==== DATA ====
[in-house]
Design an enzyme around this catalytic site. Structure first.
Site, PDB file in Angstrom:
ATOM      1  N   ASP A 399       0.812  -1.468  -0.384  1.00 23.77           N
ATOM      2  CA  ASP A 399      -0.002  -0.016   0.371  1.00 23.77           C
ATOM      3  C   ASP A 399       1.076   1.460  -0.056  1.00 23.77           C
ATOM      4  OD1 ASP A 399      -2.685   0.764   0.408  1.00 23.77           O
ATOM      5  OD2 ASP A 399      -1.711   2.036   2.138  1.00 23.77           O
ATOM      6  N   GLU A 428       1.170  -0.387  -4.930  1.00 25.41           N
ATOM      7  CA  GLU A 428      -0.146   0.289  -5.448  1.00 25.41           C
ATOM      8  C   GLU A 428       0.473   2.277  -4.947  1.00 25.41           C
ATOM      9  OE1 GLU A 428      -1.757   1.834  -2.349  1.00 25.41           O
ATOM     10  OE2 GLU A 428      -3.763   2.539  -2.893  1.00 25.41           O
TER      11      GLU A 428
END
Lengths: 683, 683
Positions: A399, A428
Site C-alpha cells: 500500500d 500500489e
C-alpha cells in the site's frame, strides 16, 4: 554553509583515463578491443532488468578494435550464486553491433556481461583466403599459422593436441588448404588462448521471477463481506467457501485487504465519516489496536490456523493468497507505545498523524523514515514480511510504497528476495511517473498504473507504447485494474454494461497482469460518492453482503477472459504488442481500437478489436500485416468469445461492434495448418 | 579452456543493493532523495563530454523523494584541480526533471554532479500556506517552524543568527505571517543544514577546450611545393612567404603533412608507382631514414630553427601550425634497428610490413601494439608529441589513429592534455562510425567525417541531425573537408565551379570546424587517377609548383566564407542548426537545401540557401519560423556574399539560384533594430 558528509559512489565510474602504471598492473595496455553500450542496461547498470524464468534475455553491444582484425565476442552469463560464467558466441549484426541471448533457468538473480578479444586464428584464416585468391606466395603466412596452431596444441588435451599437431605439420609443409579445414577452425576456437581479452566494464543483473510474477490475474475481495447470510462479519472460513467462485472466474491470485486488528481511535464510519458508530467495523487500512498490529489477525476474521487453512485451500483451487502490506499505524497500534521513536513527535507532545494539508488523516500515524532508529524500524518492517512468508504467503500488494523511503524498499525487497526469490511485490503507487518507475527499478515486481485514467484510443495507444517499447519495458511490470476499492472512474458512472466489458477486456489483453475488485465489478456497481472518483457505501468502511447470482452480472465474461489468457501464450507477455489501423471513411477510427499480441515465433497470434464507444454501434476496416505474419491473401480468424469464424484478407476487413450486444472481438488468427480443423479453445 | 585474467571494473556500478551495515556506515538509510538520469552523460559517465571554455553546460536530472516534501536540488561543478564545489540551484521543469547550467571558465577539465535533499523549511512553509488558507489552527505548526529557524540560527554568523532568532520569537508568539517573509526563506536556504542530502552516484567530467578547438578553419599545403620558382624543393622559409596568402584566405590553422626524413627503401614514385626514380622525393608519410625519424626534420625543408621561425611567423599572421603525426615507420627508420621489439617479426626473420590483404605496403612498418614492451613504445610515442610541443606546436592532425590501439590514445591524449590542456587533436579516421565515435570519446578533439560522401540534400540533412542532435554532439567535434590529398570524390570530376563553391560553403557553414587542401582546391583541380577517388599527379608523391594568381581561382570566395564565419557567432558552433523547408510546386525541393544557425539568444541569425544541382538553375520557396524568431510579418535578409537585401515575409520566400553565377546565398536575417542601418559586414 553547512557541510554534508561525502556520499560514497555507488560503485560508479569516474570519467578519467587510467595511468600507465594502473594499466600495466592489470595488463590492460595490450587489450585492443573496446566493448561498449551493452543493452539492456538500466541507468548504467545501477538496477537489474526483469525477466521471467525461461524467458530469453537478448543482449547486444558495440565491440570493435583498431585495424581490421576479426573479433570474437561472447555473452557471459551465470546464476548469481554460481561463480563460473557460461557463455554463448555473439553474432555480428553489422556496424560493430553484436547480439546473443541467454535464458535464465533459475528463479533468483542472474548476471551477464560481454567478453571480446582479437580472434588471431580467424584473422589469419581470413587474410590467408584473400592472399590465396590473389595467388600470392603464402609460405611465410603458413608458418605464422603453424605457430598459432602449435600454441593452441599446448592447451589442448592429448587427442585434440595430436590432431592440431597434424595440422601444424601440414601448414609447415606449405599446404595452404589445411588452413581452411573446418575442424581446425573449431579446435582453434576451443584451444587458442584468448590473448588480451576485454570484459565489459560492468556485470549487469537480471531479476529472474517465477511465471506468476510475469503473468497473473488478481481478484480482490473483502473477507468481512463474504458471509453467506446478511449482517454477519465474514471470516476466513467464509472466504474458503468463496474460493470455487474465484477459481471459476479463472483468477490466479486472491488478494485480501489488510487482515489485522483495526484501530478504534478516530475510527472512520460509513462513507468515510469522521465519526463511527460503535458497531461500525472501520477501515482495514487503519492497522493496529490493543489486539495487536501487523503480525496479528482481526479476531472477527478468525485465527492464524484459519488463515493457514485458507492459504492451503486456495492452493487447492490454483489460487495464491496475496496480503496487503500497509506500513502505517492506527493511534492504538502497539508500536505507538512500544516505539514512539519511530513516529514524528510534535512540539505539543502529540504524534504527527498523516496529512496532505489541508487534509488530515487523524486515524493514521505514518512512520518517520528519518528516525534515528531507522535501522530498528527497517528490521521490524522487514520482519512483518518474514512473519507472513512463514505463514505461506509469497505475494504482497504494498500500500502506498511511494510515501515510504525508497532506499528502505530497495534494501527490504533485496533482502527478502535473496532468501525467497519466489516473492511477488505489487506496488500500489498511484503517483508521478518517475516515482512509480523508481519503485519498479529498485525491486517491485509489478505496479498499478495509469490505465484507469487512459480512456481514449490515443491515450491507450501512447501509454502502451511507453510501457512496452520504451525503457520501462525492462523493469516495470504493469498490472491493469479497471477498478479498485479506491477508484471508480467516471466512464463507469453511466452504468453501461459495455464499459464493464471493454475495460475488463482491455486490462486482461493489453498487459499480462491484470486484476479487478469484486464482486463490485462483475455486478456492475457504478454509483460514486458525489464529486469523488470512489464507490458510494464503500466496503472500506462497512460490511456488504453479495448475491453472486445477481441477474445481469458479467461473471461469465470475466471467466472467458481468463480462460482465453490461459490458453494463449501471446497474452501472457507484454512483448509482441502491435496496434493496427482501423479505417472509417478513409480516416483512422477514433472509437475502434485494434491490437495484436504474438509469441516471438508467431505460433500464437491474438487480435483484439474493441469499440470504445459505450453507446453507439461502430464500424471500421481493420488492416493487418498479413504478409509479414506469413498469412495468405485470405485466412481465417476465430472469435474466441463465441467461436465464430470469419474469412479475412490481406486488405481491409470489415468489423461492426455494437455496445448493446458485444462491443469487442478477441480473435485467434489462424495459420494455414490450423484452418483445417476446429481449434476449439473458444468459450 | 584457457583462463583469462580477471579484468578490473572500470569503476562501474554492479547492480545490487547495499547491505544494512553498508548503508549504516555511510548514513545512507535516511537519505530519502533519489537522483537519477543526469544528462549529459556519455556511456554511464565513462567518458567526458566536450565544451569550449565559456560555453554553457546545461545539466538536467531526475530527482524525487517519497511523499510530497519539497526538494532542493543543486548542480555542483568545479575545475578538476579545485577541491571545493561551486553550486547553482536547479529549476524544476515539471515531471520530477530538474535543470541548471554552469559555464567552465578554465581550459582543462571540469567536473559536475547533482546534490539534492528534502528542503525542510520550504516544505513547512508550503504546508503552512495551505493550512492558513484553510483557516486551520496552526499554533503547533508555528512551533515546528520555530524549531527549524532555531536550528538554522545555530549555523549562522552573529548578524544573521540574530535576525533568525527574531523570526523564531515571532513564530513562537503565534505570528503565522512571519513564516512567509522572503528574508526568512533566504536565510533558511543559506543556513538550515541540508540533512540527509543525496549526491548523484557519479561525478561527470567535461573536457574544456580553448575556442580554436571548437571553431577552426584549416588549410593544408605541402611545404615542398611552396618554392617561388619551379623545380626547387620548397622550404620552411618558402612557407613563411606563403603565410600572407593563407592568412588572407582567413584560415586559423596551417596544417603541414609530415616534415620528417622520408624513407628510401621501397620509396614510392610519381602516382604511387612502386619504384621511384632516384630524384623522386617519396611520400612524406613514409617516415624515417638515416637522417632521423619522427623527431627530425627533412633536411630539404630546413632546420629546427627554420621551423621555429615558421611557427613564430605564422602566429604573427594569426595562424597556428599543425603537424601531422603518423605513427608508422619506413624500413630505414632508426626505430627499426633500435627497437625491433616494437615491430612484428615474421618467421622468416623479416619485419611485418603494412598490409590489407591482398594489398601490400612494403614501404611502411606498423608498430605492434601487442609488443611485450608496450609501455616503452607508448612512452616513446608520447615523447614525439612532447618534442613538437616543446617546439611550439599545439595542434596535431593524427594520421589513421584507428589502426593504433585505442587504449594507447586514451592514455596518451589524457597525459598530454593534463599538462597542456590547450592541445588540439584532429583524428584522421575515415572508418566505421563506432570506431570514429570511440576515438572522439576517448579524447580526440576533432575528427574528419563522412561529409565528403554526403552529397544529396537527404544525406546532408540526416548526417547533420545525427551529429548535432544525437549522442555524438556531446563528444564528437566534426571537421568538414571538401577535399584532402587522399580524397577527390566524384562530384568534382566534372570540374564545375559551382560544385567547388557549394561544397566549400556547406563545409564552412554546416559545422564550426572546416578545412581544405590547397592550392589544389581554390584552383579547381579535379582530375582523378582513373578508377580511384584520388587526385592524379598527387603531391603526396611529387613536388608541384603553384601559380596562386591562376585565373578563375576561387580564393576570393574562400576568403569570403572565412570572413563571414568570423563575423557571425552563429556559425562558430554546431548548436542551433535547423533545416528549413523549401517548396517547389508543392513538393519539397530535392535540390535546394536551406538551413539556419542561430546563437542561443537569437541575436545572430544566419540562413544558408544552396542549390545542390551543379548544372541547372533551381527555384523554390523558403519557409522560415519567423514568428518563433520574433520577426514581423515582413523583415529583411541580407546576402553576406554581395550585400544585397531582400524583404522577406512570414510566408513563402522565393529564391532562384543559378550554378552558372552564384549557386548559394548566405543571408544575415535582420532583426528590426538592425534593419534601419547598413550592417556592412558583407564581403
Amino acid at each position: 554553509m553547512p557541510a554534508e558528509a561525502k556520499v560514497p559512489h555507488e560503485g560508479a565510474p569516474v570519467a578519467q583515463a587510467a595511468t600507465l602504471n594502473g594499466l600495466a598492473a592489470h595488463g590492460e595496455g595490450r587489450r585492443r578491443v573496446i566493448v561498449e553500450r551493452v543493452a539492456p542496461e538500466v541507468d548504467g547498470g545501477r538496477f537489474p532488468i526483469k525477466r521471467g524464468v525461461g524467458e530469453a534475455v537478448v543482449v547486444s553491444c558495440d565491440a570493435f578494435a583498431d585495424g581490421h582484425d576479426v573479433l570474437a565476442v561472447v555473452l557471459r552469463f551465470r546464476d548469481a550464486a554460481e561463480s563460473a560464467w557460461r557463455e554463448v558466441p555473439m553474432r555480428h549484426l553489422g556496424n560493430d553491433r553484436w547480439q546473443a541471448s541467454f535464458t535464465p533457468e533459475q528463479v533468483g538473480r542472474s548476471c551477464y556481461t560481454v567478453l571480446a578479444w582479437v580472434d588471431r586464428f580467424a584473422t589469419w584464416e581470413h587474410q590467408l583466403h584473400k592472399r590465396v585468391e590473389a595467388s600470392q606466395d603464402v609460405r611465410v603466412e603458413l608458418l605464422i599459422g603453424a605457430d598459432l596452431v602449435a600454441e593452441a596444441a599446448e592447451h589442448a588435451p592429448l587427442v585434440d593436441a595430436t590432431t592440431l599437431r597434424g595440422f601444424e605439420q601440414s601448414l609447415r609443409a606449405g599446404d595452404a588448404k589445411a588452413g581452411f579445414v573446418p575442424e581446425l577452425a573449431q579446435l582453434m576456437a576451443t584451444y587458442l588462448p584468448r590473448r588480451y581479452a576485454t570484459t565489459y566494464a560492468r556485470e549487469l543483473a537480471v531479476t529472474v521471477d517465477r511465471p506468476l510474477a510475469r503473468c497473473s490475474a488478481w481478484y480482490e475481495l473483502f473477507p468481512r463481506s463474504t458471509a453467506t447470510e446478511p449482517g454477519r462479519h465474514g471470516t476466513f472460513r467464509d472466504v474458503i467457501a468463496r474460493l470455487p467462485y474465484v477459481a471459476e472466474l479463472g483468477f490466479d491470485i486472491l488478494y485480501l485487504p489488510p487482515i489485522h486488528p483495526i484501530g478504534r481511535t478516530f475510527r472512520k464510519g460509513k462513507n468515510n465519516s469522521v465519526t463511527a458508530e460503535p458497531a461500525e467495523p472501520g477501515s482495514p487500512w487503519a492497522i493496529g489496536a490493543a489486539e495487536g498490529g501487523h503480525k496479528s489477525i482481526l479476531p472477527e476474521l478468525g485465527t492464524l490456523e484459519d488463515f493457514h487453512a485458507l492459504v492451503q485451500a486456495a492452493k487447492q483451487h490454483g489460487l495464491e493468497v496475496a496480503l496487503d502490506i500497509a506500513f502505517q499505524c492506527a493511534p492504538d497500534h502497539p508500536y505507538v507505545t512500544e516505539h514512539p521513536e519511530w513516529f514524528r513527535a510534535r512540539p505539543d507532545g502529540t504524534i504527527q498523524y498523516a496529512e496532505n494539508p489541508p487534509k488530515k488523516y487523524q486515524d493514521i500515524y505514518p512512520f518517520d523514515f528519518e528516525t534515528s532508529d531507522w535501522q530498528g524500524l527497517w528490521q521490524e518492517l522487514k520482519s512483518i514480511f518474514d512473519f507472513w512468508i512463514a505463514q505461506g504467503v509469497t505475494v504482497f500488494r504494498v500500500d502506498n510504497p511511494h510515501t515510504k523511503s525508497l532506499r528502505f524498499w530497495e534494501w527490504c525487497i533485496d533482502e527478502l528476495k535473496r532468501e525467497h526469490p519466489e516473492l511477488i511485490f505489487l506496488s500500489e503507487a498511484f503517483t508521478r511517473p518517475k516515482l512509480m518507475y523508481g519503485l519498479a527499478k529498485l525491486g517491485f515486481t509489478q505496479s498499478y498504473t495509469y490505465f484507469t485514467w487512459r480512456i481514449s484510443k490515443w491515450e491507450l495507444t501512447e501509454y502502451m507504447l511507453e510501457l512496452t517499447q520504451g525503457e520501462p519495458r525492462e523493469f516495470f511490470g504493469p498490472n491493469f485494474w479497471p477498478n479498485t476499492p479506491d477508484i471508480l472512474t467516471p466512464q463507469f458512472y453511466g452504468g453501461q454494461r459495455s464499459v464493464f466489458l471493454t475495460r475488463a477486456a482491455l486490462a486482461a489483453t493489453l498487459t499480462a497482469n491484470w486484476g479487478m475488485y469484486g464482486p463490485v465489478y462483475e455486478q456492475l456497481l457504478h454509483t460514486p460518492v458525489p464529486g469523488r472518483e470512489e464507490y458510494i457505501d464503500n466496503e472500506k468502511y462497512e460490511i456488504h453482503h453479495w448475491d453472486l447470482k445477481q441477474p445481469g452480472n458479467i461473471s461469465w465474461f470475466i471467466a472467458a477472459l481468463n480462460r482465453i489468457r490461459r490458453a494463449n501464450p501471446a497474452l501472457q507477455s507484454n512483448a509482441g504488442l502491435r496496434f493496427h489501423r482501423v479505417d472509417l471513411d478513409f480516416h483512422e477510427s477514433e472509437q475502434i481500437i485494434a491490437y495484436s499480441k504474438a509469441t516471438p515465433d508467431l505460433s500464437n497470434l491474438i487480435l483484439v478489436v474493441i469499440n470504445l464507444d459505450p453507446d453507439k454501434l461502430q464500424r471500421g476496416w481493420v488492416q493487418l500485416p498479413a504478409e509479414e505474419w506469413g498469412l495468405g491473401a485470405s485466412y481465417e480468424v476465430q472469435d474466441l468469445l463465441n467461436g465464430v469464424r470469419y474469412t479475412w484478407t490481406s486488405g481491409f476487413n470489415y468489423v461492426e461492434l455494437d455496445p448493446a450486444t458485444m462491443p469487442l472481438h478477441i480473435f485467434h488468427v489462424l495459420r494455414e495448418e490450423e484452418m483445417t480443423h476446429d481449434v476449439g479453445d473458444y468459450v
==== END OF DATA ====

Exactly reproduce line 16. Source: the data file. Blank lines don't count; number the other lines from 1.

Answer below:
Lengths: 683, 683